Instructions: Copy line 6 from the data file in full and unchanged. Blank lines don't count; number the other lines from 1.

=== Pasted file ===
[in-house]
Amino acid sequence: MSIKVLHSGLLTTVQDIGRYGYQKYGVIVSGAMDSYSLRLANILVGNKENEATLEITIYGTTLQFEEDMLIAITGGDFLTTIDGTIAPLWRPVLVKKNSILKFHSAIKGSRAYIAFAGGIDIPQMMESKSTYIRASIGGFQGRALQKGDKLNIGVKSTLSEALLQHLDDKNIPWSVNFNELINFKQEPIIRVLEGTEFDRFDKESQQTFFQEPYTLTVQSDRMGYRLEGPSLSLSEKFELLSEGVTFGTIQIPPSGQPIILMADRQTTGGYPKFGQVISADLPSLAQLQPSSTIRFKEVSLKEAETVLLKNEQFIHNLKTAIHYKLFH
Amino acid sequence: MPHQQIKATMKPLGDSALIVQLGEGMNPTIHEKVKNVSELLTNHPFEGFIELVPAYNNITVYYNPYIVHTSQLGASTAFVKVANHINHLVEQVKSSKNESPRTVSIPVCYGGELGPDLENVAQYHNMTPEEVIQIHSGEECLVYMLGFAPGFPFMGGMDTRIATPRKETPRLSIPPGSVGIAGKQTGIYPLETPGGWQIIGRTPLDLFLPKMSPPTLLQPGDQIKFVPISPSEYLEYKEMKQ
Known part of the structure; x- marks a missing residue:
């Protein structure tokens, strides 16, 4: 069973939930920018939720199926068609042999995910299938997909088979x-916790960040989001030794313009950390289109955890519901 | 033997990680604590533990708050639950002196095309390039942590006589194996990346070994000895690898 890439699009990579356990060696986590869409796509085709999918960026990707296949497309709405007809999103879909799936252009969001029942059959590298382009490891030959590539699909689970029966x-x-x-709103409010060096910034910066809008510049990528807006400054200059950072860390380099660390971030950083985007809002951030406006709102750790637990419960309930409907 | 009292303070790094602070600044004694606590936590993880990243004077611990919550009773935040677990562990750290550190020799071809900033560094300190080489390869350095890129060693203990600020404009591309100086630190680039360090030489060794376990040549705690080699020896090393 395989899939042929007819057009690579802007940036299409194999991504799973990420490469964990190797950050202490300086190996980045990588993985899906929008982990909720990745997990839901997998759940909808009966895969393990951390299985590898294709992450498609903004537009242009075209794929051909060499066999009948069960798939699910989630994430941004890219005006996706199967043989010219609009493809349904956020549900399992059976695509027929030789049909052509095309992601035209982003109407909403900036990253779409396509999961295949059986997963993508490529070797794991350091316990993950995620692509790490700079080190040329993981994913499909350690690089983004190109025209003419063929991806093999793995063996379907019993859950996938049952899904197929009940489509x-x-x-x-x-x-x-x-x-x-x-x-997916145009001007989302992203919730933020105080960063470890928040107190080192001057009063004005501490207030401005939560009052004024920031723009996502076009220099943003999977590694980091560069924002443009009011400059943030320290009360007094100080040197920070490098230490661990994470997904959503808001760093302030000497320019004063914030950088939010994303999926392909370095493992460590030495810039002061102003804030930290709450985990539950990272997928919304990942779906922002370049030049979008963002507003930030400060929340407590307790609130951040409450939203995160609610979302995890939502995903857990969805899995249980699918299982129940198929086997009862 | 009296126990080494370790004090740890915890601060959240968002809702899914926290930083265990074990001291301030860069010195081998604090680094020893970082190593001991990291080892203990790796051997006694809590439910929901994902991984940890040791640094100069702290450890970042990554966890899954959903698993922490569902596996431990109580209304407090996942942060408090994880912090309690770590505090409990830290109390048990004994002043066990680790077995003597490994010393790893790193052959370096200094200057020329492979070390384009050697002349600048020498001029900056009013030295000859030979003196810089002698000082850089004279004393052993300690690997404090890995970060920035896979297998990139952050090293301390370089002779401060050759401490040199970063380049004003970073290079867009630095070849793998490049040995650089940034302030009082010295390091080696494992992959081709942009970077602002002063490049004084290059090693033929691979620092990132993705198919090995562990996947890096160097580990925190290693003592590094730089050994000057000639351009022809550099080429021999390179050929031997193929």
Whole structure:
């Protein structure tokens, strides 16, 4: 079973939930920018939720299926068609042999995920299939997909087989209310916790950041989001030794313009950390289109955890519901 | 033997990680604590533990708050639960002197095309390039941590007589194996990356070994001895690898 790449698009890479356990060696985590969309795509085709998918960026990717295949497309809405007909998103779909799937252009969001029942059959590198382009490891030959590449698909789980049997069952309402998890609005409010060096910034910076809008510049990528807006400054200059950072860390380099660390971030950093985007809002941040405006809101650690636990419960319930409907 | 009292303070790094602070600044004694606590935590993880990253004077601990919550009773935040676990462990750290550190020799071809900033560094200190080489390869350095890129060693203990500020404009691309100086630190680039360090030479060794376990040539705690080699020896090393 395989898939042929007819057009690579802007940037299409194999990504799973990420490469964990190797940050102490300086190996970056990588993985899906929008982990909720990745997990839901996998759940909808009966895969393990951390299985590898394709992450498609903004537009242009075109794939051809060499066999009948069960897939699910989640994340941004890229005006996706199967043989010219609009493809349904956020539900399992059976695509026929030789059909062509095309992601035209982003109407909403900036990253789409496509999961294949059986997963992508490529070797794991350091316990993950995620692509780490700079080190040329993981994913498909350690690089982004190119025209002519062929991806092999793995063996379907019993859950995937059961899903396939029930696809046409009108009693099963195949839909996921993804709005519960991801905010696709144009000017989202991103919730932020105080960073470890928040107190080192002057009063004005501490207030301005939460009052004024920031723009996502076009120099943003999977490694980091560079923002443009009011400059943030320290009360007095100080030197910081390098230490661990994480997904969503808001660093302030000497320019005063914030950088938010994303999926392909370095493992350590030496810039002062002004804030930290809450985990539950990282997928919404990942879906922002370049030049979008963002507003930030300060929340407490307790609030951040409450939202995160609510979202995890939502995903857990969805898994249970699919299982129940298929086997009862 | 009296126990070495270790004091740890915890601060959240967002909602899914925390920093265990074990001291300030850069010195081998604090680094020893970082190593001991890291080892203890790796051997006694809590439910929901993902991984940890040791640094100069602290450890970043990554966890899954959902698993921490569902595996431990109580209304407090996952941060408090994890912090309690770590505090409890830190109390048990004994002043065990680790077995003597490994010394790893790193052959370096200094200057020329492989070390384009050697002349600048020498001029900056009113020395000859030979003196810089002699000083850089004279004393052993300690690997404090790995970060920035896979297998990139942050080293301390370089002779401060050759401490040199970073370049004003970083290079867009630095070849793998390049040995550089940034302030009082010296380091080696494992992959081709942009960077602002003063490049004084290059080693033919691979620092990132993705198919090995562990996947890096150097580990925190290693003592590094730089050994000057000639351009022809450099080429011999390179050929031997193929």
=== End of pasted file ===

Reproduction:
Whole structure: